The uterus or womb is a major female reproductive organ in which babies grow and develop during pregnancy. At one end, the cervix opens into the vagina, while the other end is connected to one or both fallopian tubes.
The fallopian tubes, named after Gabriel Fallopius, also known as oviducts, uterine tubes and salpinges (singular salpinx) are two very fine tubes, leading from the ovaries into the uterus.
Ovaries are oval-shaped ovum-producing reproductive organs located on the side wall of the pelvis. In pre-menopausal women, ovaries secrete the female hormones oestrogen and progesterone.
The vagina is the muscular tube running from the outside to the uterus. At the top of the vagina, at the entrance to the uterus, lies the cervix. When a hysterectomy is performed, the cervix may or may not be removed. The vagina is then stitched closed.
The bladder is the organ that stores the urine before it is expelled to the outside during the process of urination. When it descends into the pelvis as part of vaginal prolapse, bulging into the front wall of the vagina, it is known as a cystocele.
The urethra is the tube that runs from the bladder to the outside, carrying urine. In women the urethra is about 1.5–2 inches (4–5 cm) long and exits the body between the clitoris and the vagina.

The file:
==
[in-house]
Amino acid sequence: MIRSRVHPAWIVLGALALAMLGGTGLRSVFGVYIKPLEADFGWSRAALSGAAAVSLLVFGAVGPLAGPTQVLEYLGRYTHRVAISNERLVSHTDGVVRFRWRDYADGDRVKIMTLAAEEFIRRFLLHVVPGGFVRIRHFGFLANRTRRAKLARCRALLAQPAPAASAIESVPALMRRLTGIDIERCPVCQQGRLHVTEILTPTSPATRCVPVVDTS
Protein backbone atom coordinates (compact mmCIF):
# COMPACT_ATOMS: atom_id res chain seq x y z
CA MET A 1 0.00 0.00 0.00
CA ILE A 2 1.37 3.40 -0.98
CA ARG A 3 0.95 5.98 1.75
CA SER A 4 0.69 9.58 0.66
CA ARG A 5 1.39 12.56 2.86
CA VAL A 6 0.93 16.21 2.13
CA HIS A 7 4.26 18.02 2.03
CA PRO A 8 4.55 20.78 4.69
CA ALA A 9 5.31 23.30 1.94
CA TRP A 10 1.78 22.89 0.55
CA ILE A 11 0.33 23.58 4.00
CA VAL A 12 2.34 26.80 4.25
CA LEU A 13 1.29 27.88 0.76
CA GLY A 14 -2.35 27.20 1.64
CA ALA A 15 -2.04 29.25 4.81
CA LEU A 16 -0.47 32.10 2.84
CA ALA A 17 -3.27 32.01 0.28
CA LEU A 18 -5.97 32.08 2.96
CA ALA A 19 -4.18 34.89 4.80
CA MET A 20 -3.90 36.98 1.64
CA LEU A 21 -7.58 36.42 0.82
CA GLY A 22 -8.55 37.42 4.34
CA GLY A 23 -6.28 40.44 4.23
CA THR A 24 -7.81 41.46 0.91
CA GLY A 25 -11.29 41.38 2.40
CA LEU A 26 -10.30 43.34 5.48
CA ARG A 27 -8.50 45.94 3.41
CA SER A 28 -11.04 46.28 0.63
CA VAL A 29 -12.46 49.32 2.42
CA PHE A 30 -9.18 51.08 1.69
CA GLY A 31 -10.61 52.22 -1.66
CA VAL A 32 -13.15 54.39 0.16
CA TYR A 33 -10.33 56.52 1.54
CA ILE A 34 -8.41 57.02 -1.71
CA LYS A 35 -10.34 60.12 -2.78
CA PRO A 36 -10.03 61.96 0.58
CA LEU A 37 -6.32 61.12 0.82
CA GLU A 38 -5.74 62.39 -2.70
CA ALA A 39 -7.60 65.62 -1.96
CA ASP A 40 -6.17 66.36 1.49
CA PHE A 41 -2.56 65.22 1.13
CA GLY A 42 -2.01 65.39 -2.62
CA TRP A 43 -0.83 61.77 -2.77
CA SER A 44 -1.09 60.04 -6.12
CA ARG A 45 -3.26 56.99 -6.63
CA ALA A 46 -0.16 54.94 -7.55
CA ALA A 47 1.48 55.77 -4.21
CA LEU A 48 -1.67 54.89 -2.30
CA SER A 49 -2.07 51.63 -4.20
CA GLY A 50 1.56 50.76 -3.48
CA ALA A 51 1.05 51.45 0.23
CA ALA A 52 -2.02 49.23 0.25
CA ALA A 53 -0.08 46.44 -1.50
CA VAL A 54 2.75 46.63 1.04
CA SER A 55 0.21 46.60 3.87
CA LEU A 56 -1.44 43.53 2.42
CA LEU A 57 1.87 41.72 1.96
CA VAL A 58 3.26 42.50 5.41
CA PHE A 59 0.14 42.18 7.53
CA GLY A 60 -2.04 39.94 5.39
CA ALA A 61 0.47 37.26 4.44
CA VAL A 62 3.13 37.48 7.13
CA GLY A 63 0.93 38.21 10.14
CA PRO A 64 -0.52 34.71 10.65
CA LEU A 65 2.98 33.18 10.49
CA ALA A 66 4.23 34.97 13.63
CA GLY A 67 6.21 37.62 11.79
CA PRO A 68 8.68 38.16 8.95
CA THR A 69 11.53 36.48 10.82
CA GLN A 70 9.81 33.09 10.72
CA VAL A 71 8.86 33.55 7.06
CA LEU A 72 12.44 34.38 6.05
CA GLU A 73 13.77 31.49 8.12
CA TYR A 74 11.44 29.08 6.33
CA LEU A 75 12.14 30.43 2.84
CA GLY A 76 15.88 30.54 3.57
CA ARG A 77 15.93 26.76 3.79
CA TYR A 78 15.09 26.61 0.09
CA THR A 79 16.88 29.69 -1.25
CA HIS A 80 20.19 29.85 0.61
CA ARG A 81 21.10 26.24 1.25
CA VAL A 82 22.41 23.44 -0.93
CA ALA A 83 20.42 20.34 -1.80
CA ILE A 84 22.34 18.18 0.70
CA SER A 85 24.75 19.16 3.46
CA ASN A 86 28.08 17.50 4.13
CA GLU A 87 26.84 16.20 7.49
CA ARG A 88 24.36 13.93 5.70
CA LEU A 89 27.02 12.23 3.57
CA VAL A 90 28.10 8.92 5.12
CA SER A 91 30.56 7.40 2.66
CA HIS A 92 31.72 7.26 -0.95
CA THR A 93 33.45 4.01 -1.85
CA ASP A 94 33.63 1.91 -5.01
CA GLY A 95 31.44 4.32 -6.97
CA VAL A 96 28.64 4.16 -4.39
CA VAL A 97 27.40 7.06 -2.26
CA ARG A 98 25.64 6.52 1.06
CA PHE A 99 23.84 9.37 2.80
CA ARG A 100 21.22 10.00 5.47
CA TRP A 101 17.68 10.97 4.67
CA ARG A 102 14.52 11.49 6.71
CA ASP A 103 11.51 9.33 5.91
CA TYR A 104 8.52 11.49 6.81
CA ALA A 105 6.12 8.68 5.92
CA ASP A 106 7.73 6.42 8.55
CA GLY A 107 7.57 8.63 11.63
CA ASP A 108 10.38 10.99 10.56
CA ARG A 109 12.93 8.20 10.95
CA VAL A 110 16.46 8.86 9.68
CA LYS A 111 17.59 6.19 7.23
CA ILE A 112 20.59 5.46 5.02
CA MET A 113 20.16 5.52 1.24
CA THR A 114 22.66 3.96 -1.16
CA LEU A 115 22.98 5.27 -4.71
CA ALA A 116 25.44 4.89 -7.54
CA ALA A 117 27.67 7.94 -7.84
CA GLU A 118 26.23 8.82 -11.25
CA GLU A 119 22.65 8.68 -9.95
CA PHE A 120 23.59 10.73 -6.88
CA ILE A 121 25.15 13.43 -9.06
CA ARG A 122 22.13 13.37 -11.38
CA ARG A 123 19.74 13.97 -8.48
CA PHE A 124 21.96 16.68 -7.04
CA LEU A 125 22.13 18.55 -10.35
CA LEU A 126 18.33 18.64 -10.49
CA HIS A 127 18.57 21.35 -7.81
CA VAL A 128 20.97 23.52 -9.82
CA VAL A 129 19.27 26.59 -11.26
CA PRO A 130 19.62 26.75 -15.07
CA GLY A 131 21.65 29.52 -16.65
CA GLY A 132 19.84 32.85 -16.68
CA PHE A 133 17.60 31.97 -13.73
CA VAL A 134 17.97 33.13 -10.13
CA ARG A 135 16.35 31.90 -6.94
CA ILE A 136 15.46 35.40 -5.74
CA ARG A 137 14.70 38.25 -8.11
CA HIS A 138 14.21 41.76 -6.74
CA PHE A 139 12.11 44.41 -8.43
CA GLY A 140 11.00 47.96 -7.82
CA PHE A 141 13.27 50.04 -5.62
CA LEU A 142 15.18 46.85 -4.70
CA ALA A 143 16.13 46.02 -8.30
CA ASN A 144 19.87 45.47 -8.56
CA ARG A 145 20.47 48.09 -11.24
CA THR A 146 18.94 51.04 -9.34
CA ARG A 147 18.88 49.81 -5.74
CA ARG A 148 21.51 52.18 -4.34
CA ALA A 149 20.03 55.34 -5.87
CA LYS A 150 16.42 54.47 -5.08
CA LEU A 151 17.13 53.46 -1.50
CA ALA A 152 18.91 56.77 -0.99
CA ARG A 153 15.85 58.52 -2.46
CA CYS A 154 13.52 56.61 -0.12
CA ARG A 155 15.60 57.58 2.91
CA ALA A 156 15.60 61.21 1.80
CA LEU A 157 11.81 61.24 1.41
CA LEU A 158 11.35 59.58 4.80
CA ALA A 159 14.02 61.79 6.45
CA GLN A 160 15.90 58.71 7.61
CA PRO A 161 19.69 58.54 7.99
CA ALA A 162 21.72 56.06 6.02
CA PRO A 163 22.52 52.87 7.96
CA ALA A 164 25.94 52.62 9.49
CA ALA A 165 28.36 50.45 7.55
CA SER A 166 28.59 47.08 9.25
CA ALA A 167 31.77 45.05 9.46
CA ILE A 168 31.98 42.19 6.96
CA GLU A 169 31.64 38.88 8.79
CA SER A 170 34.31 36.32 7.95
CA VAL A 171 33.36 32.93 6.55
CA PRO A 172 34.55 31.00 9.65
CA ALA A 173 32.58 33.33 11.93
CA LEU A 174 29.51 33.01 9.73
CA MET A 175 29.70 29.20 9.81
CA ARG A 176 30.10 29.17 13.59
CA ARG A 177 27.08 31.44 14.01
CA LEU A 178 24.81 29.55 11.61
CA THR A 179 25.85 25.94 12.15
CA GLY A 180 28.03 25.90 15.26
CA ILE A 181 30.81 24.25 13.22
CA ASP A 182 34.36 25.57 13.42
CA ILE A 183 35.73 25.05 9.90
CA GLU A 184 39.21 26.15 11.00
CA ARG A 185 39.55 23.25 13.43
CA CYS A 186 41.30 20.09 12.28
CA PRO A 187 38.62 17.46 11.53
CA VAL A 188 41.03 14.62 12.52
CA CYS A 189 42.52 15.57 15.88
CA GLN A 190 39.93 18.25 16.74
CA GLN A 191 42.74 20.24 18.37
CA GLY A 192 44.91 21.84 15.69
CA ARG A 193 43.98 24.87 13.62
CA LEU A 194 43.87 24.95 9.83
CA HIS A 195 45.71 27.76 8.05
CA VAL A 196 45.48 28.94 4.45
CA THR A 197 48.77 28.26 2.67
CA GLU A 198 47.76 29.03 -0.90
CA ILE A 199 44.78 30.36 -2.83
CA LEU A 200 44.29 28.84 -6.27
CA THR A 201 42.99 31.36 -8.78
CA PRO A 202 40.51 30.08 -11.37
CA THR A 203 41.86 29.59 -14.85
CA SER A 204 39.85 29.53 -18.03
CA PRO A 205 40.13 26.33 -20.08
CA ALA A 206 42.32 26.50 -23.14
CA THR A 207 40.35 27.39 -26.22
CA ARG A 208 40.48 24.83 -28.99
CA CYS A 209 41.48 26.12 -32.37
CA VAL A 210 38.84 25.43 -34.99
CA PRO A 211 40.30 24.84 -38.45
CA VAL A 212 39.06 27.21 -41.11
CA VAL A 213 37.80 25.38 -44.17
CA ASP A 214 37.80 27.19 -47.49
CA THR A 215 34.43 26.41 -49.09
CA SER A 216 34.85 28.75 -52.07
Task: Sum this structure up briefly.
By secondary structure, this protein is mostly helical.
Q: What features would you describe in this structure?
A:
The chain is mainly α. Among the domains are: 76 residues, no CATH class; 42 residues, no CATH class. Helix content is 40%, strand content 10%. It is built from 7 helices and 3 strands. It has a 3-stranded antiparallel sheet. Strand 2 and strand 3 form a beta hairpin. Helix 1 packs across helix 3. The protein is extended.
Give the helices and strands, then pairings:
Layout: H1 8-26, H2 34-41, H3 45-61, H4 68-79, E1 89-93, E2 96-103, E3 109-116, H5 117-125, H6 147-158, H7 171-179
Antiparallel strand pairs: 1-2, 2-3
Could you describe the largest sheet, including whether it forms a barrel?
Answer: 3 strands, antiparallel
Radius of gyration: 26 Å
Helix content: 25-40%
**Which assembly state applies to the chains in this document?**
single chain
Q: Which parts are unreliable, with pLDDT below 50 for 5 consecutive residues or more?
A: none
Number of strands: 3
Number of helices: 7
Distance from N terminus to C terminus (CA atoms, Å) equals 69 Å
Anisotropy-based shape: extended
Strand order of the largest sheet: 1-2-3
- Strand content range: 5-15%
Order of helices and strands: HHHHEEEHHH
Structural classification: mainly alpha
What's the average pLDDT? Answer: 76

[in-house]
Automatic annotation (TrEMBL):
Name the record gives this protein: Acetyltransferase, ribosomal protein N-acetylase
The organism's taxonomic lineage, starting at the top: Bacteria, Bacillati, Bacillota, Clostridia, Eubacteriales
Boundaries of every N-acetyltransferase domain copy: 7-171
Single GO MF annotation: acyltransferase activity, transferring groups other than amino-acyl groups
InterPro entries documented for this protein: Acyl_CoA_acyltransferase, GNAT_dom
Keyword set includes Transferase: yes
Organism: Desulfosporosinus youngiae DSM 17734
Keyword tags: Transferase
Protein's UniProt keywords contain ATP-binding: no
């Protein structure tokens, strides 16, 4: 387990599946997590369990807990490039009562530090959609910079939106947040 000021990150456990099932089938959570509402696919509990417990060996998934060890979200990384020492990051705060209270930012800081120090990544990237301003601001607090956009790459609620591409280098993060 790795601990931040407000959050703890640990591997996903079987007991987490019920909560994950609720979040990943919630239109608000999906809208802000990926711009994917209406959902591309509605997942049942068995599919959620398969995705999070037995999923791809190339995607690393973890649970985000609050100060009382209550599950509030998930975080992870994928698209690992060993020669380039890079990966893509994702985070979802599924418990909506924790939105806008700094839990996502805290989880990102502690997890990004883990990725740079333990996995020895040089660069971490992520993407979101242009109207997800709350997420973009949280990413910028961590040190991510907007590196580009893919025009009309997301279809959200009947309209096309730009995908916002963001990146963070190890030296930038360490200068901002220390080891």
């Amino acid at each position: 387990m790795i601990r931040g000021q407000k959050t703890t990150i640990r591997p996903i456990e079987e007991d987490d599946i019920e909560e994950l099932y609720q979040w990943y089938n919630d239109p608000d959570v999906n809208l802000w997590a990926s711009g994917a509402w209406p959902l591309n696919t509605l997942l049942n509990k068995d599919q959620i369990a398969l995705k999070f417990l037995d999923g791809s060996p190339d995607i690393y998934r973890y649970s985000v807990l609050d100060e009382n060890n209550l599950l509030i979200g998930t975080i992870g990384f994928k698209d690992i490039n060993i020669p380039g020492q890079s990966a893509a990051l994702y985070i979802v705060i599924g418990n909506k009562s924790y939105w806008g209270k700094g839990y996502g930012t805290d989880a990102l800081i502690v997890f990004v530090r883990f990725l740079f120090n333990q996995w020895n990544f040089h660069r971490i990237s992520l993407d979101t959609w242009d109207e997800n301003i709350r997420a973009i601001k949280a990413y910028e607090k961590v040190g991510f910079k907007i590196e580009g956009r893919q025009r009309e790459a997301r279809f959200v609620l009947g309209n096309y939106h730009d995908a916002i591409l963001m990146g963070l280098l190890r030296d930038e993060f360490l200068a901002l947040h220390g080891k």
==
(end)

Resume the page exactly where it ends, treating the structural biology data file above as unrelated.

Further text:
The rectum is the lower part of the large intestine or large bowel. It extends from the colon to the anus, and acts as a reservoir for the faeces (stools) before the bowels are opened.
The anal sphincter is the part of the muscle around the anal canal that is involved with continence. It is sometimes damaged during childbirth and this damage is one of the causes of incontinence.
The perineal body is a pyramidal fibromuscular mass in the middle line at the junction between the vagina and anus. The perineal body is essential for the integrity of the pelvic floor in females. Its damage during childbirth leads to a widening of the vaginal entrance thus predisposing a woman to prolapse.
The pelvic floor or pelvic diaphragm is a sheet of muscles that support pelvic organs, e.g. the bladder, bowels and uterus. It is pierced by the rectum, the vagina and the urethra. Damage to the pelvic floor, as may occur during childbirth, can lead to the development of incontinence and/or prolapse.